Since the 2008 economic crisis, the S&P 500 continued to enjoy robust gains until recently. The index climbed to levels of around 3,380 by February of 2020 before taking a dive as the COVID-19 pandemic took hold around the globe, drastically increasing unemployment rates and causing economic strain.
Historically, the S&P 500 has outpaced the Dow Jones Industrial Average, but not by much. Since inception, the average annualized return on the Dow Jones Industrial Average works out to about 7.8%, while the S&P 500 has generated an annualized return of about 8.8%.
Stocks in the S&P 500
The 500 stocks listed on the S&P 500 are categorized into 11 different sectors:
- Information Technology. The combined market capitalization of all information technology stocks listed on the S&P 500 is approximately $9.30 trillion. Some of the most recognized names in this sector are Adobe, Apple, and Intuit.
- Health Care. The combined market capitalization of all health care stocks listed on the index is approximately $6.12 trillion. AbbVie, Cigna, and Humana are some of the hottest stocks in this sector.
- Consumer Discretionary. The combined market capitalization of all consumer discretionary stocks listed on the index is approximately $5.37 trillion. Companies of note in this sector include Advance Auto Parts, Amazon, and Best Buy.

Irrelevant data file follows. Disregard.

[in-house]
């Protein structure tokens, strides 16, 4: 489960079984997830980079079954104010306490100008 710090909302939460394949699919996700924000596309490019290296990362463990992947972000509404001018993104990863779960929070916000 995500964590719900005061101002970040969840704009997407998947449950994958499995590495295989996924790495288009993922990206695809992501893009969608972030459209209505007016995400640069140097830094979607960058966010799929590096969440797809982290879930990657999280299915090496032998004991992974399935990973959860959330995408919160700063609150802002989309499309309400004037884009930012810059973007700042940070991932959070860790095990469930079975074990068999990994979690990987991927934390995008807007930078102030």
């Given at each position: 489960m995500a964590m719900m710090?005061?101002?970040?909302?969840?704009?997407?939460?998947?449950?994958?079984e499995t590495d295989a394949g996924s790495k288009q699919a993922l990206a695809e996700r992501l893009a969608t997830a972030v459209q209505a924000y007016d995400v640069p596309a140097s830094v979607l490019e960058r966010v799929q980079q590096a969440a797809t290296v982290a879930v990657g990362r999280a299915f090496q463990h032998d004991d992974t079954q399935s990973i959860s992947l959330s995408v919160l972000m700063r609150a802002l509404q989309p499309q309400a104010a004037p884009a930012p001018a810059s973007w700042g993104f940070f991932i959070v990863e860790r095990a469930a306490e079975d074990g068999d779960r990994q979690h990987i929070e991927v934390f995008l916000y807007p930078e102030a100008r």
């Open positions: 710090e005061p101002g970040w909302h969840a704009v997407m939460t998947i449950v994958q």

- Financial. The combined market capitalization of all financial stocks listed on the S&P 500 is approximately $5.08 trillion. In this sector, you’ll find Allstate, Bank of America, and E*Trade.
- Communications Services. The combined market capitalization of all communications services stocks listed on the S&P 500 is approximately $4.64 trillion. Alphabet, CenturyLink, and Comcast are some of the biggest names listed in this sector.
- Industrial. The combined market capitalization of all industrial stocks listed on the index is approximately $3.46 trillion. Some of the most recognizable names in the sector include Caterpillar, Delta Air Lines, and FedEx.
- Consumer Staples. The combined market capitalization of all consumer staples stocks listed on the index is approximately $3.26 trillion. Household names like Campbell Soup, General Mills, and Hershey fall into this category.
- Energy. The combined market capitalization of all energy stocks listed on the S&P 500 is approximately $2.01 trillion. Some of the most recognizable energy companies listed on the index include Chevron, Exxon Mobil, and Hess.
- Materials. The combined market capitalization of all materials stocks listed on the S&P 500 is approximately $1.68 trillion. Packaging Corporation of America, Sherwin-Williams, and WestRock are some notable names in this sector.
- Utilities. The combined market capitalization of all utilities stocks listed on the index is approximately $1.30 trillion. You’ll find names like Duke Energy, NextEra Energy, and Southern Company in this sector.
- Real Estate. The combined market capitalization of all real estate stocks listed on the index is approximately $1.11 trillion. In this sector you’ll find names like Public Storage, Regency Centers, and SBA Communications.
These stocks are listed based on their weight in the index by market cap. Keep in mind that market capitalization changes every time the price of a stock moves.
Stocks listed on the S&P 500 are chosen by a committee that considers the following factors:
- Market Capitalization. Market capitalization refers to the total value of all outstanding shares of the company combined or, simply, the total value of the company as a whole.